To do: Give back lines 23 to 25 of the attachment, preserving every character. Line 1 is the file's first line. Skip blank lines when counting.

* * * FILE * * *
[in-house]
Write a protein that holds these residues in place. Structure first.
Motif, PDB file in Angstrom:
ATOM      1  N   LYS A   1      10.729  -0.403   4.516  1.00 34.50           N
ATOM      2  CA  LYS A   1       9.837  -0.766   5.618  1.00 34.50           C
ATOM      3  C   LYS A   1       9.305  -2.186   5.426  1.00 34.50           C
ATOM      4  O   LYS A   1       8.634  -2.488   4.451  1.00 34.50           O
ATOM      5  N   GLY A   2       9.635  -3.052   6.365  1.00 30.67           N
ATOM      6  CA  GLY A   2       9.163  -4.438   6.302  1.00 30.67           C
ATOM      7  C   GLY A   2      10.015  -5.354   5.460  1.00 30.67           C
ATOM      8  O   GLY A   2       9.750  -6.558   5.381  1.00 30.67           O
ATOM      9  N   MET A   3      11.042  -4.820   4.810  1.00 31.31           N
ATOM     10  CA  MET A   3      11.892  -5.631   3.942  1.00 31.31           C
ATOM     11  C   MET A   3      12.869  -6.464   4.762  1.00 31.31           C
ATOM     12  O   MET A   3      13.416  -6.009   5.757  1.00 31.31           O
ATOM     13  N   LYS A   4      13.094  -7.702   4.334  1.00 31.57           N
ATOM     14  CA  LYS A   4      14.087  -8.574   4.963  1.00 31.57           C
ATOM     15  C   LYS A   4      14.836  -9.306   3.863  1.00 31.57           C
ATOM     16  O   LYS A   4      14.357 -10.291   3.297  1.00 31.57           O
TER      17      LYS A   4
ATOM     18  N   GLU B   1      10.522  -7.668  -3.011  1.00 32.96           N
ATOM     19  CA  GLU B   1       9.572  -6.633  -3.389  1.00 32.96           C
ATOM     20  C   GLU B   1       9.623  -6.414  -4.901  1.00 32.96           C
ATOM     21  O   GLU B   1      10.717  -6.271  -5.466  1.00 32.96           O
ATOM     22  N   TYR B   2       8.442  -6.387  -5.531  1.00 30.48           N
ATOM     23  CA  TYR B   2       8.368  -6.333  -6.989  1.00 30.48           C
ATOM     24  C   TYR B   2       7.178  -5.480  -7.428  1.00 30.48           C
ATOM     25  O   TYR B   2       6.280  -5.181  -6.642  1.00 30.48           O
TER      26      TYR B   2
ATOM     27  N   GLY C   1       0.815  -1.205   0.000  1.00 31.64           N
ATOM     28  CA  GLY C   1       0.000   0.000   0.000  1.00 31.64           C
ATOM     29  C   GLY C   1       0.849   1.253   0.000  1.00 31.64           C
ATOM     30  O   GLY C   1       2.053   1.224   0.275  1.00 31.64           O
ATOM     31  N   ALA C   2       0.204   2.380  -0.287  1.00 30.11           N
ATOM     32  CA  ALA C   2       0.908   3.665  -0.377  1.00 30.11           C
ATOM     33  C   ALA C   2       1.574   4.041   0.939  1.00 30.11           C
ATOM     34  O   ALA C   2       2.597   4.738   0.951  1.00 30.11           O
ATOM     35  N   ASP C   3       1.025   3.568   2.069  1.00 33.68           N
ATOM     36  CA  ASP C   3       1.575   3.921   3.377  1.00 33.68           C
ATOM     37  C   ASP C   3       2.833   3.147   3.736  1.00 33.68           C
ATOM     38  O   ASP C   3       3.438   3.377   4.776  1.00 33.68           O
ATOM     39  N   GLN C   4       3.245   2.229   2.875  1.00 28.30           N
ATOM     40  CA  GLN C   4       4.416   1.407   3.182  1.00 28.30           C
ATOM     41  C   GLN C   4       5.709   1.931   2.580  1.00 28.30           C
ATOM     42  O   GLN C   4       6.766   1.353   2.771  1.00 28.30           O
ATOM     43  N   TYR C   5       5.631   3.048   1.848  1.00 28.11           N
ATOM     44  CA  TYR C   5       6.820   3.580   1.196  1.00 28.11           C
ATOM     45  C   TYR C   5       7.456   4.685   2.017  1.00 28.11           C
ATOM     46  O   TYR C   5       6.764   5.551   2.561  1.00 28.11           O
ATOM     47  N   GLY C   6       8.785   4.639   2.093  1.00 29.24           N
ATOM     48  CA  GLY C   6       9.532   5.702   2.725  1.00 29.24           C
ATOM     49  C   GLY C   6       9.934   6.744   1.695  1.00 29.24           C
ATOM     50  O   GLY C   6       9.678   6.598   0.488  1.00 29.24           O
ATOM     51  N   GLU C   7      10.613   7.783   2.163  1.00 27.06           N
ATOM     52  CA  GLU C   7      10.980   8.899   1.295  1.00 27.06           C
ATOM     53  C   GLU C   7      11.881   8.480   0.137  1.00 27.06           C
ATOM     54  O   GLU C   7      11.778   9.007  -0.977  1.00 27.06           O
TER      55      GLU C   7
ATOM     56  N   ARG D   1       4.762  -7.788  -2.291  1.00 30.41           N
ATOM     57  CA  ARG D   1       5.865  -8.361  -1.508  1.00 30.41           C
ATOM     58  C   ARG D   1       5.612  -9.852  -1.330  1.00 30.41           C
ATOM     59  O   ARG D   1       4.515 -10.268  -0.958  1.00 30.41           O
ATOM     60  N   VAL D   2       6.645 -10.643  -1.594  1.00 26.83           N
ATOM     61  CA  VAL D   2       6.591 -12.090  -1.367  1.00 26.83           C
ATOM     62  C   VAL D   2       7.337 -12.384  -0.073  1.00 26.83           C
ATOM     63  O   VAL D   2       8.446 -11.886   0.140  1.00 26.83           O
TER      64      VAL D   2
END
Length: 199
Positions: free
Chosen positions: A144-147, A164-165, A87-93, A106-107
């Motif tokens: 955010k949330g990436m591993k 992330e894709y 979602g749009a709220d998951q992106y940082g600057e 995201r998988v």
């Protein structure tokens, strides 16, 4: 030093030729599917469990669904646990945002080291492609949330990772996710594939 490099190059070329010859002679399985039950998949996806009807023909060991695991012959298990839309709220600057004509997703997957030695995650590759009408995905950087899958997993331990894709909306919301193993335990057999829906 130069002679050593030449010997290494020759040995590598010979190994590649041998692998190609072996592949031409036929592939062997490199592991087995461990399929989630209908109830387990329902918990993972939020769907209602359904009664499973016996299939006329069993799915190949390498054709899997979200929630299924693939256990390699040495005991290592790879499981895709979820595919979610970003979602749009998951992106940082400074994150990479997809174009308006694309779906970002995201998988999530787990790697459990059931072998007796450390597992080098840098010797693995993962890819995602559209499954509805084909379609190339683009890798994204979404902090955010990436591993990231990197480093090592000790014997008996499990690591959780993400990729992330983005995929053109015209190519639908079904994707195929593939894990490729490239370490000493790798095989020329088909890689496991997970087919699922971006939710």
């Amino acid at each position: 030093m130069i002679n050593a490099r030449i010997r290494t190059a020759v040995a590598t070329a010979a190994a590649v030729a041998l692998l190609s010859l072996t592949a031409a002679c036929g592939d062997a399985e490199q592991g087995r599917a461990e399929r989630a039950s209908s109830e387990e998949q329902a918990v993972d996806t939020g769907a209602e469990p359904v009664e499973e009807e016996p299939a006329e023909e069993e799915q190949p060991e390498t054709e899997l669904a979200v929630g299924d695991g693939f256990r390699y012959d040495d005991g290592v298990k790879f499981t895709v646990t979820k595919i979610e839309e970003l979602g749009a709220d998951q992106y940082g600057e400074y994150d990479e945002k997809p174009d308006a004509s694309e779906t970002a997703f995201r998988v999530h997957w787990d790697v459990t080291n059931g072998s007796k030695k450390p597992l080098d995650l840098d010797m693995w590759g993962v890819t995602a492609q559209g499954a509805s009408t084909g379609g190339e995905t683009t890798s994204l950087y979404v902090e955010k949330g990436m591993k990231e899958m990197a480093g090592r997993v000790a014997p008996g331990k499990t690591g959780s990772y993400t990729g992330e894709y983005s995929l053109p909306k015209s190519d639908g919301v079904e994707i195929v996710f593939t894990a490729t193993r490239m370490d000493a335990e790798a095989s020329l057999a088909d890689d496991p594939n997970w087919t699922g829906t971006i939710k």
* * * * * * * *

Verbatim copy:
ATOM     20  C   GLU B   1       9.623  -6.414  -4.901  1.00 32.96           C
ATOM     21  O   GLU B   1      10.717  -6.271  -5.466  1.00 32.96           O
ATOM     22  N   TYR B   2       8.442  -6.387  -5.531  1.00 30.48           N